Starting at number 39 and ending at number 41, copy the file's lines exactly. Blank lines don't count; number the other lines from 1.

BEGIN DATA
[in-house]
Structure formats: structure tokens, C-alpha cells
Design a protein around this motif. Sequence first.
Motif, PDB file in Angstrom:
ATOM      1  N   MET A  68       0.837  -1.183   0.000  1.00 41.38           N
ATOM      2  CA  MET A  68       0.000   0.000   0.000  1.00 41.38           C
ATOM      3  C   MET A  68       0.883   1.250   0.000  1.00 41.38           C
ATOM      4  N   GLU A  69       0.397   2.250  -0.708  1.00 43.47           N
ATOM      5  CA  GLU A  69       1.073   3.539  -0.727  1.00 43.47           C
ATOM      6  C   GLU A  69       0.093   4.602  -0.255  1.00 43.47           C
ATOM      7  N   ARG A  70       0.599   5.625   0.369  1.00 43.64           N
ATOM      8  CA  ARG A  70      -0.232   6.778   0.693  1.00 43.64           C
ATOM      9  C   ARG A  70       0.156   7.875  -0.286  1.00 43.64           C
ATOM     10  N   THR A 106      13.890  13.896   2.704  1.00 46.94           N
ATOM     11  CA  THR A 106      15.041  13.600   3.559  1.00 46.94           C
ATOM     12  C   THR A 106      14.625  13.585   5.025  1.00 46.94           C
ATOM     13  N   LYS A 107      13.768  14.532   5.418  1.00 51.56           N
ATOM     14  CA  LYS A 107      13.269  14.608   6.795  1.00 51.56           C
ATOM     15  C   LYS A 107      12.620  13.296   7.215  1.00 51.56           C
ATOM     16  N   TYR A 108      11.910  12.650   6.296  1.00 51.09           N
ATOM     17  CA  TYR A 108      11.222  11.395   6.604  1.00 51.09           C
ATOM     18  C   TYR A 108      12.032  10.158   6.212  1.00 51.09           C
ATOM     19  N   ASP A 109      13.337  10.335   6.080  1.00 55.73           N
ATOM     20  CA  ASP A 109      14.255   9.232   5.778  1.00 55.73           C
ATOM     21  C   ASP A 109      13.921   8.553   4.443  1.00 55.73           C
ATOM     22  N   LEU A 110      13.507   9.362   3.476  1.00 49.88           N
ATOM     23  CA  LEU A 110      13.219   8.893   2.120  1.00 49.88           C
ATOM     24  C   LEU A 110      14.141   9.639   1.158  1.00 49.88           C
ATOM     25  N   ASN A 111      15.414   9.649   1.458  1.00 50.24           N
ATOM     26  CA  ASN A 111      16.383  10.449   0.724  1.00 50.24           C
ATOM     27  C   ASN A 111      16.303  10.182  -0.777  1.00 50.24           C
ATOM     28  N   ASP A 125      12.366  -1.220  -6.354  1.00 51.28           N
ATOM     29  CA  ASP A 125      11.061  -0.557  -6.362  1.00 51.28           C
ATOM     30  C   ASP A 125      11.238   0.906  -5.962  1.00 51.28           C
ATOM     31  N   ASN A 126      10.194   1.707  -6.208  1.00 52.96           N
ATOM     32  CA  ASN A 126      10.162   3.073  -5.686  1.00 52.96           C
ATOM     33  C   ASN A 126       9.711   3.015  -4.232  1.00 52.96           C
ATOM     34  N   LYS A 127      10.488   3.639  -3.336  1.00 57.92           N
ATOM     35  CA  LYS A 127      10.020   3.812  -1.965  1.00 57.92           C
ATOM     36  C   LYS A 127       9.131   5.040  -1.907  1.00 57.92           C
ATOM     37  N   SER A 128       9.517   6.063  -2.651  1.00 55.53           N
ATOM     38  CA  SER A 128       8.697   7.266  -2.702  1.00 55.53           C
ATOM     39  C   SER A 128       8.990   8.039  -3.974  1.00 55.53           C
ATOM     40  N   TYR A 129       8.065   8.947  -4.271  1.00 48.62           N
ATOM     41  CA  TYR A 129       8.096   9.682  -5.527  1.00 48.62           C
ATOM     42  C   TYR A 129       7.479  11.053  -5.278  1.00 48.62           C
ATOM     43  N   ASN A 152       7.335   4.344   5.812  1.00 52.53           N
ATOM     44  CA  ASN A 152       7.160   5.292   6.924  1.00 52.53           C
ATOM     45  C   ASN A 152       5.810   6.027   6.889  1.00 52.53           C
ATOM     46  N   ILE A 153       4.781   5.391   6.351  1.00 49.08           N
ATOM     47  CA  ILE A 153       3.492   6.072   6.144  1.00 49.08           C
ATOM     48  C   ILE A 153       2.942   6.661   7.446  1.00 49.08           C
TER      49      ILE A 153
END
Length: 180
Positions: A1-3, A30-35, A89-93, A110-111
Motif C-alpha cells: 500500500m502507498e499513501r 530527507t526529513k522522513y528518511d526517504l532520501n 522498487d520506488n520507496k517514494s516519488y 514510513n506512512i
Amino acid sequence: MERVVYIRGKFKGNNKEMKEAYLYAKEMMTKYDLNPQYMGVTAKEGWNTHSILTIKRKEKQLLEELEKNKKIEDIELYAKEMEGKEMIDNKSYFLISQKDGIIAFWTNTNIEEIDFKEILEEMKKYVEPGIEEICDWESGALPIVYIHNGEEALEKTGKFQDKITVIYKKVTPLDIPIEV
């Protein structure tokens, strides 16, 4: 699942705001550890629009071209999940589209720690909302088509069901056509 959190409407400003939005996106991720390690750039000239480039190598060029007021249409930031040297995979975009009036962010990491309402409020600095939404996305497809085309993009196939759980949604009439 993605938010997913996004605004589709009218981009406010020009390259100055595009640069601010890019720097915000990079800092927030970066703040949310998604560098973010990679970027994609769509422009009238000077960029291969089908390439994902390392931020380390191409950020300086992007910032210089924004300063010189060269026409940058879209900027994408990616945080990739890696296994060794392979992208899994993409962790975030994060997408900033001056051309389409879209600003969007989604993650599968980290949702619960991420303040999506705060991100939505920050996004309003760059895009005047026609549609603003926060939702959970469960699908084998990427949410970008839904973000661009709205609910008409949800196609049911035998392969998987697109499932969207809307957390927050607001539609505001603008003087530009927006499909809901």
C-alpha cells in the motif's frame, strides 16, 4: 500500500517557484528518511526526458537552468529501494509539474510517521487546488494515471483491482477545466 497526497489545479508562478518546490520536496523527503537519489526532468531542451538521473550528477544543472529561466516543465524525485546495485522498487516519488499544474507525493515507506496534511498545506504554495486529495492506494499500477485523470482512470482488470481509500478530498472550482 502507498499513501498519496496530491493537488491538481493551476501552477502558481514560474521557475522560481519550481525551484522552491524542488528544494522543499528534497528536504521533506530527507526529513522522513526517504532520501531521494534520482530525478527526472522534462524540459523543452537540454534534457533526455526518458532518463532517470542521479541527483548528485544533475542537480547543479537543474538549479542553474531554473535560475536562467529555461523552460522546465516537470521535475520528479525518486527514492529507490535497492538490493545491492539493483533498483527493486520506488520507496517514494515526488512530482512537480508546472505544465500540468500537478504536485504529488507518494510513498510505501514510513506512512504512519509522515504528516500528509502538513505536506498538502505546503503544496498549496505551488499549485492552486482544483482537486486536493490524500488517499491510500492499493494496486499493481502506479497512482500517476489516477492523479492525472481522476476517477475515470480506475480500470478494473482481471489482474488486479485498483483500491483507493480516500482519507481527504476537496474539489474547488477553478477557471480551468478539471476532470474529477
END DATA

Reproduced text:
ATOM     35  CA  LYS A 127      10.020   3.812  -1.965  1.00 57.92           C
ATOM     36  C   LYS A 127       9.131   5.040  -1.907  1.00 57.92           C
ATOM     37  N   SER A 128       9.517   6.063  -2.651  1.00 55.53           N